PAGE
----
Stress in the public service
New survey from the IDA reveals high levels of stress among HSE dental surgeons
One in five public dental surgeons have missed work as a result of stress according to a new survey conducted by the Irish Dental Association (IDA).
Respondents to the survey said that the biggest reason for them being stressed and missing work was the lack of access to secondary care services for patients, in particular to general anaesthetic services.
IDA chief executive Fintan Hourihan, speaking at the annual seminar of the association’s HSE Dental Surgeon’s Group in Carlow recently, said it was clear morale was “on the floor”.
He said: “Sixty per cent say they regularly feel stressed at work and this is simply not sustainable. The fact that it is the lack of services for patients which is the highest stressor is telling. Our members are under severe pressure to prioritise the most serious cases.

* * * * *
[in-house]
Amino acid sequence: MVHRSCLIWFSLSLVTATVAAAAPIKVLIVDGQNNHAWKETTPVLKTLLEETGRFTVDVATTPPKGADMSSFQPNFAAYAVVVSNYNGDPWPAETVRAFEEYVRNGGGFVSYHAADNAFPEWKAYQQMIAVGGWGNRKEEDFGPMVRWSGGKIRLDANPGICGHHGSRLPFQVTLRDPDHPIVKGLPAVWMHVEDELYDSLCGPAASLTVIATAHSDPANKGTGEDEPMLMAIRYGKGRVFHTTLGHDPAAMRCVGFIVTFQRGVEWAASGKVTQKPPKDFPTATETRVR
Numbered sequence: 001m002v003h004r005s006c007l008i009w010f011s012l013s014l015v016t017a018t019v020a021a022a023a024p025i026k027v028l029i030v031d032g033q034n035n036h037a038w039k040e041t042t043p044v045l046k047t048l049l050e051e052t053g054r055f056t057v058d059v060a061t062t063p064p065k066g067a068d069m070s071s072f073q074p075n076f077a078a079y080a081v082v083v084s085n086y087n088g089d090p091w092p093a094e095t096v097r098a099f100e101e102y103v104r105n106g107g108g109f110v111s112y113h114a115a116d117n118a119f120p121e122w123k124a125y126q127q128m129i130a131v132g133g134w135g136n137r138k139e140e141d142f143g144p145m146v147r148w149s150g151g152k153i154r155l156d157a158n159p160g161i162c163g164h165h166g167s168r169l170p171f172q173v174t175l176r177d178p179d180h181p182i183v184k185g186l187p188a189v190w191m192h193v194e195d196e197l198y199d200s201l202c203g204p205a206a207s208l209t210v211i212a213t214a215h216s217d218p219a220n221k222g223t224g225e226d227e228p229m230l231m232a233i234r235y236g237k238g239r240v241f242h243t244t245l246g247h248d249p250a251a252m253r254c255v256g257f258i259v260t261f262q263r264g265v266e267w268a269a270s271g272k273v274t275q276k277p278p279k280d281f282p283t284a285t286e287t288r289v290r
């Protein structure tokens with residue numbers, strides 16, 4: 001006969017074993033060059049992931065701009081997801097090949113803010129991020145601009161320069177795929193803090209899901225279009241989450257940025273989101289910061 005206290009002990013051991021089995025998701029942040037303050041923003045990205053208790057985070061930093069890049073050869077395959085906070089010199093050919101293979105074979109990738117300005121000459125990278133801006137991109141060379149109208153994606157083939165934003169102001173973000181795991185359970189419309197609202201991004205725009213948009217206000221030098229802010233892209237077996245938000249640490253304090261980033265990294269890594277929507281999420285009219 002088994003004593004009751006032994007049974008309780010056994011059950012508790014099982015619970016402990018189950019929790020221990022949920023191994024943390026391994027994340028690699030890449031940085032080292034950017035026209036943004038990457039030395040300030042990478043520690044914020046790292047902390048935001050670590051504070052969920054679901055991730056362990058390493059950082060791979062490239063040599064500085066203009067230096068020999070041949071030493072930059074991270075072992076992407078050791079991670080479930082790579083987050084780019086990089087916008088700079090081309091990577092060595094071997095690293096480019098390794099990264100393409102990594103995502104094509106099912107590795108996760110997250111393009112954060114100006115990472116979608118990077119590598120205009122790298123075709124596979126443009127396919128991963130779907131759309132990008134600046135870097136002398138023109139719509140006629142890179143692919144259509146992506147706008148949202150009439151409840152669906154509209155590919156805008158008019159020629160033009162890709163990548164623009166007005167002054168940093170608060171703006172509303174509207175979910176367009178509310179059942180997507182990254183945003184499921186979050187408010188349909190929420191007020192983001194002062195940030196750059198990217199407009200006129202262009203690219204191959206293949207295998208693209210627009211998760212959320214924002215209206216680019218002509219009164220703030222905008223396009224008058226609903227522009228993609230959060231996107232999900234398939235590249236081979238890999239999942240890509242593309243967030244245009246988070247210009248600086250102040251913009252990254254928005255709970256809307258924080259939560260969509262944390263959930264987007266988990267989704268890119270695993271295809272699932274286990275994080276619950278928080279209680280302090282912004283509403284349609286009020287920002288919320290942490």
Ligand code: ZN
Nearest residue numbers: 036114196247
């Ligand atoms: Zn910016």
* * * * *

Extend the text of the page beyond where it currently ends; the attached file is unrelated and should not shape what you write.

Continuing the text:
“The problem is all of the children on these waiting lists need urgent treatment and all need general anaesthetic. Yet dentists are being asked to subdivide them. While acute cases are prioritised, less acute cases which include young children often requiring four or more extractions, can wait up to a year. This is simply not acceptable.”
A spokesman for the HSE said: “The figures available for sick leave within the HSE illustrate that overall absenteeism has reduced in the medical/dental sector year on year since 2012. The current absenteeism rate for this sector is 2.07 per cent.
“Medical and dental staff have the lowest rate recorded for all health care sectors in the primary care/non acute sector, of which the overall average is 4.62 per cent. The absenteeism rate in fact has come down steadily over the past number of years.”